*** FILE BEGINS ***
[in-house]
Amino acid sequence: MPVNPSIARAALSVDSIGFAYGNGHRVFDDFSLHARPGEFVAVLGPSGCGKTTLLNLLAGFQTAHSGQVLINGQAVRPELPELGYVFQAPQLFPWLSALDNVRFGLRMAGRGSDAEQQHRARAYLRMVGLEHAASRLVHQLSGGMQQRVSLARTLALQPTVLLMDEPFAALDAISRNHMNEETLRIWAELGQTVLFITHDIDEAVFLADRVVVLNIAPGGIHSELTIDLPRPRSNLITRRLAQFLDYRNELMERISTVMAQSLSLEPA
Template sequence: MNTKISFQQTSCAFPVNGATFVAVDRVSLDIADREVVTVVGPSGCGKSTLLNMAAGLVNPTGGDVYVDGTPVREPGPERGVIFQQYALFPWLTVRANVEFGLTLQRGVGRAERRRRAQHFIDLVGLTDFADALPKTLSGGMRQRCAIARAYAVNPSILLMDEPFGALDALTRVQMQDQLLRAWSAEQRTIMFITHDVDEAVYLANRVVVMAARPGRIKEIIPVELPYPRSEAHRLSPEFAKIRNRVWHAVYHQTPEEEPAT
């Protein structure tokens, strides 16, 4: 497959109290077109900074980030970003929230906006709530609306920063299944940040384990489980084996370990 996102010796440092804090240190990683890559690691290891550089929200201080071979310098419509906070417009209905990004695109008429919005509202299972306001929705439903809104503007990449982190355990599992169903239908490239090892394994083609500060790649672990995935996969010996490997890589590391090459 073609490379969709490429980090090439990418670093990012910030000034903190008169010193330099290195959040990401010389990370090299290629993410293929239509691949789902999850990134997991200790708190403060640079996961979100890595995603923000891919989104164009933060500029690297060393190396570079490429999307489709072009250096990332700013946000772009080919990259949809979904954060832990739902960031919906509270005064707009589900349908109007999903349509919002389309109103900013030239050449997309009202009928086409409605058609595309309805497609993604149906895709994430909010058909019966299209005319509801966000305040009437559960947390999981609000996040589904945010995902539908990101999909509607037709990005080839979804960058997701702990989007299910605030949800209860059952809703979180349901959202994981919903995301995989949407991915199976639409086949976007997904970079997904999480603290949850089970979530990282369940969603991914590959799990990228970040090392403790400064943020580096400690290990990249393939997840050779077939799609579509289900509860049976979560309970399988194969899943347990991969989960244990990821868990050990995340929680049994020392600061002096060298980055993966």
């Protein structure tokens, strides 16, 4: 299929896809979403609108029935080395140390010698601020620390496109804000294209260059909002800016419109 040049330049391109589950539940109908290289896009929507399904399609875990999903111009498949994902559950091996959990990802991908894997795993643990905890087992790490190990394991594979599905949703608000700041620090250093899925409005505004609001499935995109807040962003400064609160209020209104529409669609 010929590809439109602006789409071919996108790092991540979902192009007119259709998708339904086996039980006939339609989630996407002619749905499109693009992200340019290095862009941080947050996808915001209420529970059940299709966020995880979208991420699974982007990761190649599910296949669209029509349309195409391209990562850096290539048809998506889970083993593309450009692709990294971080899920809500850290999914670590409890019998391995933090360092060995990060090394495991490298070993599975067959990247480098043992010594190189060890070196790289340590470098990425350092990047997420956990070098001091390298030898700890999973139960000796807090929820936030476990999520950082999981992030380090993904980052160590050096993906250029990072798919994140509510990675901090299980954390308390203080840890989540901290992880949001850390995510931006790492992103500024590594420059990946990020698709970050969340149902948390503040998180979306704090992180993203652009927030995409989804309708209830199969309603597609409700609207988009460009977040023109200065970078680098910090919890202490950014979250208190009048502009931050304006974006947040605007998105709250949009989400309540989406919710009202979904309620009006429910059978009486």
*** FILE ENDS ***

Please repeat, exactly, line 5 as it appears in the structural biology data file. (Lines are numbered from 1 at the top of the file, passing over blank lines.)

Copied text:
């Protein structure tokens, strides 16, 4: 299929896809979403609108029935080395140390010698601020620390496109804000294209260059909002800016419109 040049330049391109589950539940109908290289896009929507399904399609875990999903111009498949994902559950091996959990990802991908894997795993643990905890087992790490190990394991594979599905949703608000700041620090250093899925409005505004609001499935995109807040962003400064609160209020209104529409669609 010929590809439109602006789409071919996108790092991540979902192009007119259709998708339904086996039980006939339609989630996407002619749905499109693009992200340019290095862009941080947050996808915001209420529970059940299709966020995880979208991420699974982007990761190649599910296949669209029509349309195409391209990562850096290539048809998506889970083993593309450009692709990294971080899920809500850290999914670590409890019998391995933090360092060995990060090394495991490298070993599975067959990247480098043992010594190189060890070196790289340590470098990425350092990047997420956990070098001091390298030898700890999973139960000796807090929820936030476990999520950082999981992030380090993904980052160590050096993906250029990072798919994140509510990675901090299980954390308390203080840890989540901290992880949001850390995510931006790492992103500024590594420059990946990020698709970050969340149902948390503040998180979306704090992180993203652009927030995409989804309708209830199969309603597609409700609207988009460009977040023109200065970078680098910090919890202490950014979250208190009048502009931050304006974006947040605007998105709250949009989400309540989406919710009202979904309620009006429910059978009486």